UN seeks urgent cash for Ethiopia food aid

The United Nations food agency urgently needs $222-million to avert a major food crisis in Ethiopia, where millions are struggling to cope with drought and high prices, it said on Monday.

The Ethiopian government and aid agencies estimate that 4,6-million people in the Horn of Africa country need emergency food aid to tide them through to the next harvest in November.

Another 5,7-million who receive food and cash under a regular welfare programme live in areas where drought is biting and need extra help.

“Already for some kids ... it’s too late, but it’s not too late for many, many other children who need assistance until the next harvest comes in,” said Sonali Wickrema, who designs programmes in Ethiopia for the UN World Food Programme (WFP).

“We want rapid assistance now in order to prevent large-scale and long-term damage,” she said.

The Ethiopian government says 75 000 children are already suffering from the most severe form of malnutrition.

The government and aid agencies put out a call in mid-June for $325-million to deal with the failure of the shorter of two rainy seasons combined with soaring food and fuel costs.

WFP country director Mohamed Diab said donors had only agreed to provide half of that so far, and urged them to give the rest without waiting for the emergency to become more acute.

“Given the fragile and critical nutritional situation in the country, if such resources don’t come on time ... we will see the situation worsening beyond the current level,” Diab warned.

He said food aid would take two to three months to arrive in the country. Due to dwindling stocks, WFP has already cut cereal rations for July by a third.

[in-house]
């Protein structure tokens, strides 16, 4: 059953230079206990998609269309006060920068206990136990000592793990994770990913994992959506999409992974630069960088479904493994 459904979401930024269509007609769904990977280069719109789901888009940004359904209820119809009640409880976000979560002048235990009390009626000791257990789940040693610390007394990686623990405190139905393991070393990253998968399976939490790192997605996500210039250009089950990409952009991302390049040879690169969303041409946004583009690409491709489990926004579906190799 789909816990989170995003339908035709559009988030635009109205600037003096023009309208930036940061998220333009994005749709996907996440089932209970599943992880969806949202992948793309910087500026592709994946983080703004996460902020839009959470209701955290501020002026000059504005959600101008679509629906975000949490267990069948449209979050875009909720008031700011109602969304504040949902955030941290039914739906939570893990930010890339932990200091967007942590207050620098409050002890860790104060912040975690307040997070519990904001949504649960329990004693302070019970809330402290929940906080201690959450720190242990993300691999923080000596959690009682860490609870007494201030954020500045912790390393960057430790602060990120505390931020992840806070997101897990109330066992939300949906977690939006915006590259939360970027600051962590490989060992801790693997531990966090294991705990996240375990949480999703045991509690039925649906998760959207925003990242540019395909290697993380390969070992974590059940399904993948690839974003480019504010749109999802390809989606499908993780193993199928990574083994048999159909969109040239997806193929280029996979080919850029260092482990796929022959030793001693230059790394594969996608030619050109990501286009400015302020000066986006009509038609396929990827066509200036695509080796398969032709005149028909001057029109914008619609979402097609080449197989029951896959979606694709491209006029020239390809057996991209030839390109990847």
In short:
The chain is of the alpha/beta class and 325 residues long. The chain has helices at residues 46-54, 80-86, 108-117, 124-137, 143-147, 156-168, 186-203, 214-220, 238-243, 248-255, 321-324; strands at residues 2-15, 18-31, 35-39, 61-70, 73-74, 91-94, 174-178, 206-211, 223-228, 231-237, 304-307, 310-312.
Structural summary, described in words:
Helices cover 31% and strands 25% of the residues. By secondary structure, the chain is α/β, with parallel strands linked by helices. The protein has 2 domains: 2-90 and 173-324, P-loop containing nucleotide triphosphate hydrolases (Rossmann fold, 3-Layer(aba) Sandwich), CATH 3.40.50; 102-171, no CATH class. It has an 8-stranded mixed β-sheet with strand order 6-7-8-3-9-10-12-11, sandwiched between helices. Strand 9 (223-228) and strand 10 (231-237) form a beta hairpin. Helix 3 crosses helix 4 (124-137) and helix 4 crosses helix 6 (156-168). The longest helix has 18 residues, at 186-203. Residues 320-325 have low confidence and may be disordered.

High prices and a lack of food supplies in Ethiopia are forcing WFP to bring in food aid from outside the country, from places such as South Africa and the Black Sea region.

The agency says the cost of white maize, the staple food for most poor Ethiopians, has risen more than 150% on Ethiopian markets in the past year, and grain has become so scarce that prices for most domestically produced cereals are higher than imported supplies.

Aid agencies have warned about similar problems in nearby countries dealing with the overlap of drought and high global food prices—Somalia, Kenya, Djibouti and parts of Uganda.

In addition, Ethiopia has used most of its emergency food reserves to feed about three million poor people in urban areas over the past 18 months, according to WFP.

Wickrema said the failure of the March-May rains had begun to cost lives in Ethiopia. She said WFP did not have an accurate death toll, but it had probably not yet reached the hundreds.

The longer of the country’s two rainy seasons has now started in some areas, but some aid agencies fear it will not be enough for a good harvest.—Reuters

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